Body recovery in mine shaft

September 5, 1987

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By Joe Erickson

RMRU received a call to assist in a Mine Rescue. Three adult males needed extrication from a mine near Blythe.

I was able to respond immediately, and arrived on scene much quicker than the law allows. Many agencies were there and I spoke to a CDF worker. He informed me that the subjects had expired and that two other RMRU members were at the mine.

The mine was approximately 1 mile off the main highway and I was able to catch a ride with a BLM truck. I joined Cam Robbins and Rob Gardner and was told of the circumstances and that this would be a joint operation to evacuate the bodies.

I hesitate to provide our readers with details, so bear with me as I develop the scenario.

The mine being explored by these three folks was a vertical shaft 3 to 4 feet in diameter, eighty feet deep. It was unshored and had a make-shift scaffold structure over the entrance. The entrance was in a dry sandy stream bed. An inadequate air supply system was present. Eighty feet down water was seeping in, so these weekend miners had a gasoline-powered pump at the bottom.

Apparently the pump stopped and one of the miners went down to fix it. He became unresponsive so a second person went down to help the first. I am assuming the second person had the air system in use, because he attached the first person to the rope and had the people topside pull the first victim up using a Jeep. As this person was approximately half way up he became detached and fell on the second person.

The rope was stuck down the hole, so the third person attempted to go down this rope hand overhand, he fell also.

Carbon monoxide (CO) is heavier than air and the mine was full of CO and exhaust Fumes. We had air available from the CDF stores and used this to safely proceed.

The details I provided here are so you can better understand what we were getting ourselves into. here goes;

After strengthening the ;A; frame scaffolding, we set up for a mechanical advantage raise. One of the safety systems set up was that we would plan for only 11-13 minutes of air time. The air bottles fit on your back and you put on a full face mask and regulator.

This makes communication very difficult, and we could not use a hand held radio due to space limitations.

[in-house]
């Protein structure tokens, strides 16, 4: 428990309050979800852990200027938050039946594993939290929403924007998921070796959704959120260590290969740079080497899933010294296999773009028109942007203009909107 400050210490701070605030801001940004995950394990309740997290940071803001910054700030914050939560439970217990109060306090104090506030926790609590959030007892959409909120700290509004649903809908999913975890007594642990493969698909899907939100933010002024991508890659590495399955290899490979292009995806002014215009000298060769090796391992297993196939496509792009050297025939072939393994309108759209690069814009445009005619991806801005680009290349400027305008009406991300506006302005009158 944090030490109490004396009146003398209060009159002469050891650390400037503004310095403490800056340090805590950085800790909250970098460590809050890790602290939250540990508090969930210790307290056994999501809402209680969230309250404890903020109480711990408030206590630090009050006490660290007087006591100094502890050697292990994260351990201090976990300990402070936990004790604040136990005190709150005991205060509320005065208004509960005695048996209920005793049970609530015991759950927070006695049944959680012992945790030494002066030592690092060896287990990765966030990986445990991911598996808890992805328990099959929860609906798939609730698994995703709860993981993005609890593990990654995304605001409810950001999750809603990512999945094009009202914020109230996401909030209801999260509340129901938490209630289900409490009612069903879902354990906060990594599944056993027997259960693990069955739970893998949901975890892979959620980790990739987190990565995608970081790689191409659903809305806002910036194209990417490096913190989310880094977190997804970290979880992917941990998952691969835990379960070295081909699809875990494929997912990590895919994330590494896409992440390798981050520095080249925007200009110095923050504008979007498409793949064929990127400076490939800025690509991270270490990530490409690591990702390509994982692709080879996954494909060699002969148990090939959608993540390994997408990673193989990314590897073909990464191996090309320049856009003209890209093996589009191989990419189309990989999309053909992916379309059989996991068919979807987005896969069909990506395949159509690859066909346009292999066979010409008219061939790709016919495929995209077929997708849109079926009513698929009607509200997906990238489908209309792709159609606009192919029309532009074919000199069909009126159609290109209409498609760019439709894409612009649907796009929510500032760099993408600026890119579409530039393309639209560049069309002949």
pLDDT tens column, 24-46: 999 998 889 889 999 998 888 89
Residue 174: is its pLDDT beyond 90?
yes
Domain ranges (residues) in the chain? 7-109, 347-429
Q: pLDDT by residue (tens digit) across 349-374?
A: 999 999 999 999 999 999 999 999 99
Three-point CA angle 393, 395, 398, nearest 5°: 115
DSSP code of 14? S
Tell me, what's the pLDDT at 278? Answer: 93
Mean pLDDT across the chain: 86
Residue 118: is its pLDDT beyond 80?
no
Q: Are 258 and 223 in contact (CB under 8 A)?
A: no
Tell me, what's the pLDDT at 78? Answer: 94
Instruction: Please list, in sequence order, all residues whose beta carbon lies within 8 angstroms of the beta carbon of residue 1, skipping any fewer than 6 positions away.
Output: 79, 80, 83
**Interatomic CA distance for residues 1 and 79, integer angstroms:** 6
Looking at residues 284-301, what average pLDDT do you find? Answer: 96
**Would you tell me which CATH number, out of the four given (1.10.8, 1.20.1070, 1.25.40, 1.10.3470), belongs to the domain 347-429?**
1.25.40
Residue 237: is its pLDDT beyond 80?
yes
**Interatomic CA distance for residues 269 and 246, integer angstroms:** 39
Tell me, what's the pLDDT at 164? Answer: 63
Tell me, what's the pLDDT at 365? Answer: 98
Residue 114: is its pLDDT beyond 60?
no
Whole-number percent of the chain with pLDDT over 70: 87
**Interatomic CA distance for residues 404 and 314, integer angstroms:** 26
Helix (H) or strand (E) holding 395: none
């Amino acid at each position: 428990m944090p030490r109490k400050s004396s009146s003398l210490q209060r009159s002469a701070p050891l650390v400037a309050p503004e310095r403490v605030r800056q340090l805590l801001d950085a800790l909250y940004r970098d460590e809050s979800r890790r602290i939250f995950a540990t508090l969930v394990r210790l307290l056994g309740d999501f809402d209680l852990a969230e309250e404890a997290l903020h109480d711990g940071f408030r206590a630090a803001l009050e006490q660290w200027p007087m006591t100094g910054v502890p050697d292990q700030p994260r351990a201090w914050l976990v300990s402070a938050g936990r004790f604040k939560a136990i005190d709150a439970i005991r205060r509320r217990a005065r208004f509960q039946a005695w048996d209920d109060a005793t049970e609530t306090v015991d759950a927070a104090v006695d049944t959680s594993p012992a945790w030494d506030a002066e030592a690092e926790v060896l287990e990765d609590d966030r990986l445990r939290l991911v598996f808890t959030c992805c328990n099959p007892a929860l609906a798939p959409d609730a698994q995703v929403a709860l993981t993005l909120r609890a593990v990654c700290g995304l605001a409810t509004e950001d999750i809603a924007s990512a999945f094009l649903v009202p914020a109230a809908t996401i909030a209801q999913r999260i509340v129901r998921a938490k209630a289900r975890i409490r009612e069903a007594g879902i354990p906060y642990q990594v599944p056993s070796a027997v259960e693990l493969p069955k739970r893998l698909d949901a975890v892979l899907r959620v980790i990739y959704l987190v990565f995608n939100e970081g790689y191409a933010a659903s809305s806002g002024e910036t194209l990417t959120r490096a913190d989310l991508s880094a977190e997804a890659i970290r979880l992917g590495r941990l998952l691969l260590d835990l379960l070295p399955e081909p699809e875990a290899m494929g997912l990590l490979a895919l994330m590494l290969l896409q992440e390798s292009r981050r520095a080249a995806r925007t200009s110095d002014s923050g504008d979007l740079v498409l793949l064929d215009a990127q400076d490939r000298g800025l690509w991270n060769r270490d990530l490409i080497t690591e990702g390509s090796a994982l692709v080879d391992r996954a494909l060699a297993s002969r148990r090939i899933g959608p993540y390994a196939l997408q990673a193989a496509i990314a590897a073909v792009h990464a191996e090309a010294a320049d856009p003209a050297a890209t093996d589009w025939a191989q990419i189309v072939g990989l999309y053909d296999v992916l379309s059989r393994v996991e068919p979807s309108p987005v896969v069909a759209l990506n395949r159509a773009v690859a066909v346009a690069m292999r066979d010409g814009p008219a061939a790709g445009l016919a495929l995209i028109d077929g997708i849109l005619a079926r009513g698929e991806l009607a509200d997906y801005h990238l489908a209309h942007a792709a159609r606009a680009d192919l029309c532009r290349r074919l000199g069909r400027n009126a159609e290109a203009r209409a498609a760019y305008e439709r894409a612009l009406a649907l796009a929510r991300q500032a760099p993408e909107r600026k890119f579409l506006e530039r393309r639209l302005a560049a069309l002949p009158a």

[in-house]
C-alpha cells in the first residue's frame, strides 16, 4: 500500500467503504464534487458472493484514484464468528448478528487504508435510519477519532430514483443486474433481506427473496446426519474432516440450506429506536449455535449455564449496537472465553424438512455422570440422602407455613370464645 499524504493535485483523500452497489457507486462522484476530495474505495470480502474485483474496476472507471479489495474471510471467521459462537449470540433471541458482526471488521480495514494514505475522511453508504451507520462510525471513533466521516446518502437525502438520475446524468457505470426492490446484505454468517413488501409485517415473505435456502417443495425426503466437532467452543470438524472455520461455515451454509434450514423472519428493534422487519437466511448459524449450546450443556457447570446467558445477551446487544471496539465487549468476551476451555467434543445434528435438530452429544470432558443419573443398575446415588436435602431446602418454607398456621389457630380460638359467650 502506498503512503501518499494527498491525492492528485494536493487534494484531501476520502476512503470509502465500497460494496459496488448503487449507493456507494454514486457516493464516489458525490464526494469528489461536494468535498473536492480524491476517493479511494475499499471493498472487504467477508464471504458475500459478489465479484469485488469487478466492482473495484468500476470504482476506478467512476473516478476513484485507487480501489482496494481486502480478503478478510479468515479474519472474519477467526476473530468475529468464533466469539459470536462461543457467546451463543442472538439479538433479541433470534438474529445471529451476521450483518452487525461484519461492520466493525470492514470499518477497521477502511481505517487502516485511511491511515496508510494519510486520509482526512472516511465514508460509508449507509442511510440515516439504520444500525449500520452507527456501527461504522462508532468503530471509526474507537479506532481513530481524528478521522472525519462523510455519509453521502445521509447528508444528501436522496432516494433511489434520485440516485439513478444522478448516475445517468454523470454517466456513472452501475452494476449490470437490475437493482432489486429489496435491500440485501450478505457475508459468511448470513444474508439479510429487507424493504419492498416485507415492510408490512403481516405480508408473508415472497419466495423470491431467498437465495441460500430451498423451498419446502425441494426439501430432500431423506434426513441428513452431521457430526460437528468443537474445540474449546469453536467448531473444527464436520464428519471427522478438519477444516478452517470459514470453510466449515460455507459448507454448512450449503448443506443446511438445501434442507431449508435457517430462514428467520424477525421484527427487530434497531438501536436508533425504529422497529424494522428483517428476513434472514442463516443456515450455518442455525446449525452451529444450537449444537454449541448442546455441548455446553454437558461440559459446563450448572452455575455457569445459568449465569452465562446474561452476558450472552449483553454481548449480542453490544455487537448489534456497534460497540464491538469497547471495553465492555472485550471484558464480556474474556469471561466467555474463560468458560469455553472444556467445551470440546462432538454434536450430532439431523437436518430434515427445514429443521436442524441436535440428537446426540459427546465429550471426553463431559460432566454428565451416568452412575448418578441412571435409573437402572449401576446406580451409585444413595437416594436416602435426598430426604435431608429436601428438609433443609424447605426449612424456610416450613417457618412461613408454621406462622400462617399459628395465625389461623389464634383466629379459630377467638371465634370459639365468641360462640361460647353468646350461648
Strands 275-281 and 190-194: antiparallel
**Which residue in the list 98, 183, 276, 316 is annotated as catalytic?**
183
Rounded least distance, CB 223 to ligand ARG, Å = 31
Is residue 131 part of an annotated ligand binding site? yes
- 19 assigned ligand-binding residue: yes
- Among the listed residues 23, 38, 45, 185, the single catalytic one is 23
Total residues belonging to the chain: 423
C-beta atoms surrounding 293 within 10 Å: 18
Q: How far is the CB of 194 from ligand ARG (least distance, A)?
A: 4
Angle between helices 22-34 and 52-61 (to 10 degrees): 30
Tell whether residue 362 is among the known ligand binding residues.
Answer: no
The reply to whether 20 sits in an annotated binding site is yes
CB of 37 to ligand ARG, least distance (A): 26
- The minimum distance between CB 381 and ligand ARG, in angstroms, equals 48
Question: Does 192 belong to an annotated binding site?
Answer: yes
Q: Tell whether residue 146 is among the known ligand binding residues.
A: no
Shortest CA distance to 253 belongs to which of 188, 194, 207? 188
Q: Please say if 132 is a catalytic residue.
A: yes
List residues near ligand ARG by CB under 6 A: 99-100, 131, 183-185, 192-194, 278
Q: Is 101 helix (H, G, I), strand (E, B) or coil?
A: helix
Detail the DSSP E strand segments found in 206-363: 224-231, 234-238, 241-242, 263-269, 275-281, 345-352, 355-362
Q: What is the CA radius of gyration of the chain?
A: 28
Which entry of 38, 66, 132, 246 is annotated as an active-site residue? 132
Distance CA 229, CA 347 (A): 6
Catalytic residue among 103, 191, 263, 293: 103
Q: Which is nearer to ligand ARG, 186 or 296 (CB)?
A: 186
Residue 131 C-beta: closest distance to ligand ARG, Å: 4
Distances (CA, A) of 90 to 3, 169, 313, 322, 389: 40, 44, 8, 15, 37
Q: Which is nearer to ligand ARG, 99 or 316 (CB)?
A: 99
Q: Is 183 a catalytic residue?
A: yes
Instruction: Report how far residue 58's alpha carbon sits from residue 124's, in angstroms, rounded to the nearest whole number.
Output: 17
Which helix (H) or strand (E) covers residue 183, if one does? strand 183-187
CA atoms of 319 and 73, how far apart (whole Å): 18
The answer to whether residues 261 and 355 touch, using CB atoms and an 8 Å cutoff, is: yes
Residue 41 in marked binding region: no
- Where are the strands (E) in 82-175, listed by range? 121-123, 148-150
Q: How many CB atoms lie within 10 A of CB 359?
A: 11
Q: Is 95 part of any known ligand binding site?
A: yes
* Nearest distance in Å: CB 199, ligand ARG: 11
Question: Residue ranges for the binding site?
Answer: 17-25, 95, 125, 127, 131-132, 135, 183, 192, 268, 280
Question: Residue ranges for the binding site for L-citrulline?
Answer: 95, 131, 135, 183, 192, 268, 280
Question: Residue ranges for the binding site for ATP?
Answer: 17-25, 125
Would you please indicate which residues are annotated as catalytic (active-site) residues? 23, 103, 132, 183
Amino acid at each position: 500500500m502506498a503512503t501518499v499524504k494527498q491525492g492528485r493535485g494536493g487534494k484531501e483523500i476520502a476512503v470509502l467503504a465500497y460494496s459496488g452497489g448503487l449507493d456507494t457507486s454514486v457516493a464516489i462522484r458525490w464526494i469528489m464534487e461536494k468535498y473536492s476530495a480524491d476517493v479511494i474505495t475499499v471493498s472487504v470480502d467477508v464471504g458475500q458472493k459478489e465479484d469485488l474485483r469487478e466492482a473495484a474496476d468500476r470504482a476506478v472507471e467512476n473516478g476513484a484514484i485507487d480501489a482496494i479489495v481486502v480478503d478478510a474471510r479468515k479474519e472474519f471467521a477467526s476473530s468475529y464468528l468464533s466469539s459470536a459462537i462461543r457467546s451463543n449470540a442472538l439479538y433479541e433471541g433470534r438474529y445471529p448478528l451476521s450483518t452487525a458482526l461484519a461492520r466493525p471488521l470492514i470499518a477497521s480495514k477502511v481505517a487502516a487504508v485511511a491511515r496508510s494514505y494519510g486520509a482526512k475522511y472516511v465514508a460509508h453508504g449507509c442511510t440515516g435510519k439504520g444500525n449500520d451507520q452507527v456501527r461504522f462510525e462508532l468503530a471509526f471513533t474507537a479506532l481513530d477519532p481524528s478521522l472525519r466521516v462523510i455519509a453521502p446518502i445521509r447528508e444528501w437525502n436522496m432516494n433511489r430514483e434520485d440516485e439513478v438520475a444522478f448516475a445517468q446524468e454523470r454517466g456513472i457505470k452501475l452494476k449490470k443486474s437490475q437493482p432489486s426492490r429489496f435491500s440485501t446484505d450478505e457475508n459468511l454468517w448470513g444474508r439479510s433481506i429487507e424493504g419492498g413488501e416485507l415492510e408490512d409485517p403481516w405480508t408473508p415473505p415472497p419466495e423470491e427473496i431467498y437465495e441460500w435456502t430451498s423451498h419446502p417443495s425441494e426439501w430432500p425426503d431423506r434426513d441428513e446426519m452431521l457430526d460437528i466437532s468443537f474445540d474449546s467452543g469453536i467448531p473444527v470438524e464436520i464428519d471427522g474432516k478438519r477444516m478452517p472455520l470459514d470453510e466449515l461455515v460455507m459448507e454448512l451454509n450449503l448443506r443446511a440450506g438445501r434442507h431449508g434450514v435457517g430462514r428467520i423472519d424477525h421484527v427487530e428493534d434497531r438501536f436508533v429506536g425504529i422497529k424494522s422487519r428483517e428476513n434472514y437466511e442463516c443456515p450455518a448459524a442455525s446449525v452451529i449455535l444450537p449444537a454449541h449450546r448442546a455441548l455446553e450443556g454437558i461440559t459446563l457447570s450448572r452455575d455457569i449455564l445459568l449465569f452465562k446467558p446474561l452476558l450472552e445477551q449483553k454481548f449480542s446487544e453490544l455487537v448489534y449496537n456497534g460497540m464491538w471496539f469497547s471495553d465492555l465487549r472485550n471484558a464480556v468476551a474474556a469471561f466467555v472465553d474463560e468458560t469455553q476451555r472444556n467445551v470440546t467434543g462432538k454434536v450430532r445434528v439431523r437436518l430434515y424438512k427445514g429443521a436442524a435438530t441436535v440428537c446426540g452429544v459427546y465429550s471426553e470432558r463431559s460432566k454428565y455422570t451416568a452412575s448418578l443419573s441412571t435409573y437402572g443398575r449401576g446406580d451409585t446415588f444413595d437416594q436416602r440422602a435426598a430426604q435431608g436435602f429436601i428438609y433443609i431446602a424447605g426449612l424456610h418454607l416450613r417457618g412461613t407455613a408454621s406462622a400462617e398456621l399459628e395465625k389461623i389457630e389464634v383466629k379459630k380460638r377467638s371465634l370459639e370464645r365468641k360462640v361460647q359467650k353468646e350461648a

After looking into the lowering/raising system, checking air flow and last minute details, the group of rescuers would help position me over some planks of wood placed over this 4foot diameter shaft. The opening of the boards was about 2 foot square My flashlight would not reach bottom. So there I was, suspended over a two foot black hole, breathing through an awkward BA (breathing apparatus), knowing I wouldn't be able to communicate to those above Me, they asked if I was ready. My eyes went wide and they took that as a reluctant yes.

The lower went well and smoothly. My breathing was very audible and it was difficult to keep it slow and regular. The only thing the top-siders could hear was my exaggerated respirations.

Once at the bottom my light revealed a foot and a half of water and mud, a pump and the bodies. I was able to attach (with some difficulty) the line to one subject and signaled for him to be hauled up. Squeezing under a small hollowed out area, just barely enough to protect me if he fell, I watched him being pulled up. Much too slowly. My emotions were running rather high and by the time this subject was clear, my air time was about up.

Upon reaching the open air again I knew clearly why people would be reluctant to go down again. I gracefully declined going down again for the next subject and another person was selected. In all it took three rescuers to get the three subjects as no one would go down twice. This was not a lack of bravery but a function of limited air time, the overwhelming circumstances and the confining nature of this hole in the ground.

On the drive home that afternoon I became rather ill to my stomach and pulled over at the Whitewater rest stop. I thought I might lose my cookies, and my head hurt a little. After several minutes I felt better and continued home. I think I have been involved in approximately 19 body recoveries in the past ten years and this was the most wrenching. Many nights I have been awakened with these memories and visions. I reach over to my wife and touch her hair or shoulder to bring my heart back on track, never waking her, just needing that reassurance and kindness. Time does heal wounds but it takes so long. My heart goes out to the family and loved ones hurt by this tragedy.